The Melan-A is otherwise called as an antigen recognized by T cells-1 or MART-1.[15] The gene involved in Melan-A is MLANA. It is mainly located on the membrane protein located in melanosome, endoplasmic reticulum, and trans-Golgi network. It is mainly detected using immunohistochemical marker A103. The function of Melan-A in melanomas is expression, traffic, processing, and stability of pmel.[16] The sensitivity of this biomarker varies from 81% to 100% and the specificity varies from 81% to 98%. Melan-A expressed in cytoplasm of melanocytes, retinal pigment epithelium and melanoma. The advantage of this Melan-A is that it is one of the most sensitive markers used in the detection of melanoma in frozen section. The problem with Melan-A is that it is less sensitive for the detection of metastatic melanoma compared with primary melanoma and it shows lower sensitivity for desmoplastic melanoma. The use of this Melan-A is sometimes difficult because it is also positive in adrenal cortical cells, Leydig cell, granulosa cells, and theca ovary cells.

3. Tyrosinase

It is an enzyme that involves part of the biosynthesis of melanin expressed in melanocytes.[17] This enzyme is located in the melanosomes. The gene which involved in the synthesis of this biomarker is TYR. Tyrosinase is an important enzyme involved in the biosynthesis of melanin. It is mainly detected with the help of T311 in immunohistochemistry. Apart from immunohistochemistry, tyrosinase is also detected in the blood with the help of RT-PCR by detecting its mRNA levels. The problems with tyrosinase are it does not predict survival benefit and disease-free survival. The sensitivity and specificity of tyrosinase are 90%–100% and 97%–100%, respectively. It has a good sensitivity and specificity. The main advantage of tyrosinase is distinguishing melanoma from nonmelanocytic tumor. Like any other biomarkers in melanoma, it also has lower sensitivity in detecting desmoplastic melanoma.

4. Micophthalmia-associated transcription factor

Microphthalmia-associated transcription factor (MITF) is involved in melanocyte development and differentiation. It is essential for melanoblast differentiation from neural crest cells. The gene responsible for this factor is MITF gene.[18] Apart from melanocytes, development and differentiation also regulates the transcription of pmel, Melan-A, and tyrosinase. MITF stain is positive in histiocytes, lymphocytes, fibroblast, Schwann cells, and smooth muscle cells. It has a sensitivity of 100% and a specificity of 87%–100%. It is detected with immunohistochemical marker C5 and D5. MITF lacks sensitivity and specificity for desmoplastic or spindle cell melanoma.[19]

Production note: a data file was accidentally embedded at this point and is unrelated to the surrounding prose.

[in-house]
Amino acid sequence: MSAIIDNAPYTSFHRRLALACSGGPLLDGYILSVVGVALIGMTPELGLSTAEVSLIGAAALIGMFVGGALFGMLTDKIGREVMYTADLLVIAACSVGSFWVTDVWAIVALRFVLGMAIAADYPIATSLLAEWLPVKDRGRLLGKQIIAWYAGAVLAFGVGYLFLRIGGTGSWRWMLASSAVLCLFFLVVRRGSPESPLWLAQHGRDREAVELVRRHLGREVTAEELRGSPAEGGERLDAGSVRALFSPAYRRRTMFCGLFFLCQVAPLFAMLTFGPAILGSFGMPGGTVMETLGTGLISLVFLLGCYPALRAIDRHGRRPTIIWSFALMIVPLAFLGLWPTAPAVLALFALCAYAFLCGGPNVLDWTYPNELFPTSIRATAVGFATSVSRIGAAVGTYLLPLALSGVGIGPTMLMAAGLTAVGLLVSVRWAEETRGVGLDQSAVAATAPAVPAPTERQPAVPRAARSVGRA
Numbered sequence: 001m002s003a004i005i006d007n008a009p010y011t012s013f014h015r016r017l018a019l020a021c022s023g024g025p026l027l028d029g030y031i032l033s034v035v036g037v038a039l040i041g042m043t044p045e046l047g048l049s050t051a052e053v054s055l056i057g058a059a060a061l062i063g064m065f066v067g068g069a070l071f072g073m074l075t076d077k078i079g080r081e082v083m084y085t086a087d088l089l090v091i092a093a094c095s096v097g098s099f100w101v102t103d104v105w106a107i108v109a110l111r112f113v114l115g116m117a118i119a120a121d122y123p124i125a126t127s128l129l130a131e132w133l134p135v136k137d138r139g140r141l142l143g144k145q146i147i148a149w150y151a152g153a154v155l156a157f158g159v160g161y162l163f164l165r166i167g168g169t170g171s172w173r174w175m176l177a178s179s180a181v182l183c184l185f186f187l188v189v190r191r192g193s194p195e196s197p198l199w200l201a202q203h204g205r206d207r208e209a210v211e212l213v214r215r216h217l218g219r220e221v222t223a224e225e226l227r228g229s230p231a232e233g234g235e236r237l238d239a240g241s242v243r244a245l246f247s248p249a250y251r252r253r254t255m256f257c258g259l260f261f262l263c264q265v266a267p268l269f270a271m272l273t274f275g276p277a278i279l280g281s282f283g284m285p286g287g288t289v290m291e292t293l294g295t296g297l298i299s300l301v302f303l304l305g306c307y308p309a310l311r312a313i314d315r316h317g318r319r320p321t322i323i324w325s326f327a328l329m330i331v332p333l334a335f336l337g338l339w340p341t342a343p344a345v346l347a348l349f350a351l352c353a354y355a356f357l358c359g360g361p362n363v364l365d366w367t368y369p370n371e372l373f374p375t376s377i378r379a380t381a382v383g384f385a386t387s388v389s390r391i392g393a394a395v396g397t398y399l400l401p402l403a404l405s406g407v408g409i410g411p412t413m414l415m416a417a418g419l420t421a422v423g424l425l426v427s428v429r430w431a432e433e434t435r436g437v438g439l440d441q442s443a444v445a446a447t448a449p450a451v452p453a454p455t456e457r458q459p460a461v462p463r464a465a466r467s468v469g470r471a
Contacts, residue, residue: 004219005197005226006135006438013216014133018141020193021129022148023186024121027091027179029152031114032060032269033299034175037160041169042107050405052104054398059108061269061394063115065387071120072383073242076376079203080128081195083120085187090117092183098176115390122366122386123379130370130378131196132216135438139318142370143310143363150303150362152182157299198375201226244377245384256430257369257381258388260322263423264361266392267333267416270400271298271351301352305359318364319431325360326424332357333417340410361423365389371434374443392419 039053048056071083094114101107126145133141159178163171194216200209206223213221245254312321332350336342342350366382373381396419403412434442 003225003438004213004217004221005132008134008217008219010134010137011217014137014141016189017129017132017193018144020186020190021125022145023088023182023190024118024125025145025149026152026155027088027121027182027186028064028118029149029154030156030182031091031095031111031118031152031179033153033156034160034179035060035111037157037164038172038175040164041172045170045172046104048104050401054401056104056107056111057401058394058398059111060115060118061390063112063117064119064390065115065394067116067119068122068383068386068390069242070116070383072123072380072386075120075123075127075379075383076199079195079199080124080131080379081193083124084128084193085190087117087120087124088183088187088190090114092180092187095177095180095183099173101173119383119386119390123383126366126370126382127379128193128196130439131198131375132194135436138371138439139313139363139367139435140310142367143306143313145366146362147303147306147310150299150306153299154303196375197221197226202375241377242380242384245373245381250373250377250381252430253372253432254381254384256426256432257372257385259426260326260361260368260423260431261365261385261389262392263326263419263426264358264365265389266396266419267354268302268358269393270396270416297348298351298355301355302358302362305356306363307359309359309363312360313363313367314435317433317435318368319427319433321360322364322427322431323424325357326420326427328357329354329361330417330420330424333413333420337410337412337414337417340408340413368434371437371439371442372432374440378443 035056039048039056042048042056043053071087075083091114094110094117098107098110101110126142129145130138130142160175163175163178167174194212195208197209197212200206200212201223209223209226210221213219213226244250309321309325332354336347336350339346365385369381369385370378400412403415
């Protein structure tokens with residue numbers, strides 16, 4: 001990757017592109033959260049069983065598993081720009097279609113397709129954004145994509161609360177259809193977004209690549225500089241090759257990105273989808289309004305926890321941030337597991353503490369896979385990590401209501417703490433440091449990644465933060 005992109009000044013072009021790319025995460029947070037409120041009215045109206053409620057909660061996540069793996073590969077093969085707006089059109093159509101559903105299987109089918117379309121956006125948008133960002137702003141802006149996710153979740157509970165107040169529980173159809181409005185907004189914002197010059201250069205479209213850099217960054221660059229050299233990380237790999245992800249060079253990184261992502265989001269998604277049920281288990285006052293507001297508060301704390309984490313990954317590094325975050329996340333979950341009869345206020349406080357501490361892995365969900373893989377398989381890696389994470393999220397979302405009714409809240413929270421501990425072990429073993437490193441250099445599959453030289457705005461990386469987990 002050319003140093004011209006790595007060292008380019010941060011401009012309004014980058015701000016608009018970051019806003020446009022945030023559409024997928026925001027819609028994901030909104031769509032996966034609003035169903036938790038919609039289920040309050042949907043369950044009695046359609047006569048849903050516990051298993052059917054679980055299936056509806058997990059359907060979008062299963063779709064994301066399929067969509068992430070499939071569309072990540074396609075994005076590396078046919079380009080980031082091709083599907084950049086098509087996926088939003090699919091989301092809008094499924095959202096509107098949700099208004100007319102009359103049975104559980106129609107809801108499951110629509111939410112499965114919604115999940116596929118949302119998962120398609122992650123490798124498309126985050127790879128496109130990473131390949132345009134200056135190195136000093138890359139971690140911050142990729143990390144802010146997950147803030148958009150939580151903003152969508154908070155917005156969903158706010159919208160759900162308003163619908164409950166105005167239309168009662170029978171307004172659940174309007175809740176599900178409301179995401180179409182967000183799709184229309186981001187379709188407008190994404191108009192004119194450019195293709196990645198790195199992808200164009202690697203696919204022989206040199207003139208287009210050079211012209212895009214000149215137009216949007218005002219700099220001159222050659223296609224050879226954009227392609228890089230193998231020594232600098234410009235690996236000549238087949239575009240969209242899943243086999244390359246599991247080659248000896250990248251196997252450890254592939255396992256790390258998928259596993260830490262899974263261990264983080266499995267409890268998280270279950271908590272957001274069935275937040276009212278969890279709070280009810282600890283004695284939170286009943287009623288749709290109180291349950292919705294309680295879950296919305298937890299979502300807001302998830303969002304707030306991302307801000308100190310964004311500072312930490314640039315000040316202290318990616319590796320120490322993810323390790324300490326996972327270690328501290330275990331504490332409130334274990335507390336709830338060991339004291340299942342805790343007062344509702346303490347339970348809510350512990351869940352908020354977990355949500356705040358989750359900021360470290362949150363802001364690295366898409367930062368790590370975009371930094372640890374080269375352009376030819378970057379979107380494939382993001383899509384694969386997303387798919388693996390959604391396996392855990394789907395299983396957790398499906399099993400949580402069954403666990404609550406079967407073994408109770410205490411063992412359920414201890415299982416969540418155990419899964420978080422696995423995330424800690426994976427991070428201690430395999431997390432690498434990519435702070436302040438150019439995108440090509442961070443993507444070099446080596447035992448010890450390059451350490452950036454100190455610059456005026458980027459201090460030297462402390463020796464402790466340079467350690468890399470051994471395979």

5. S100

S100 is an important protein involved in the development of malignant melanoma. The reason behind the name S100 is that it is 100% solubility in saturated ammonium sulfate. It consists of a family of more than 21 proteins.[20] S100 is also positive in glial cells, Schwann cells, melanocytes, Langerhans cells, and chondrocytes. The main function of S100 is regulation of cell growth, cell cycle, cell motility, calcium homeostasis, transportation and differentiation, inflammatory response, and regulation of cytoskeletal components. It is mainly detected with the help of polyclonal antibody against S100. It has a sensitivity of 89%–100% and a specificity of 70%–79%. The main problem with S-100 is that it is less sensitive in frozen section. The advantage of S100 is that it has greater sensitivity compared to the above-mentioned biomarkers in desmoplastic melanoma.[21]

6. SM5-1

The gene responsible for SM5-1 is FN1. The main function of SM5-1 is that it contributes to cell adhesion and migration and metastasis.[22] Apart from melanoma, it is also positive in dendritic cells, plasma cells, and myofibroblasts. Even though it has lower sensitivity in metastatic melanoma, compared with other markers, it has higher sensitivity. It is detected with the help of SM5-1 IgG1 antibodies. It has a sensitivity of 95%–99% and a specificity of 100%.

7. CSPG4/high molecular-weight melanoma-associated antigen

CSPG4 is otherwise called as a high molecular-weight melanoma-associated antigen (MAA). It is found in melanocytes, endothelial cells, and pericytes.[23] It is produced from gene CSPG4. The main function of CSPG4 is that it promotes cell adhesion, motility and growth, and metastasis. CSPG4 has lower sensitivity for acral lentiginous melanoma. The CSPG4 has higher sensitivity (>90%) for metastatic lesions, better than Melan-A, S-100, and HMB-45. CSPG4 also has higher sensitivity for both primary and metastatic desmoplastic melanomas compared to HMB-45 and Melan-A. It is detected with the help of mouse monoclonal antibodies 763.74, VF1-TP41.2, and VT 80.12.

8. P16

It helps distinguishing Spitz nevi from melanoma.

9. Other markers – MUM-1, Mel-5, melanocortin-1, and PNL2

Melan-A, HMB-45, and tyrosinase all show diminishing sensitivity with advanced stage of disease. None of these biomarkers are able to distinguish malignant from nonmalignant melanocytic lesions. Lewis et al. showed Melan-A, CD63 and Budding uninhibited by benzimidazoles1 homolog (BUBI) helps in distinguish between melanoma and non melanocytic lesion.


  B. Prognostic Markers Top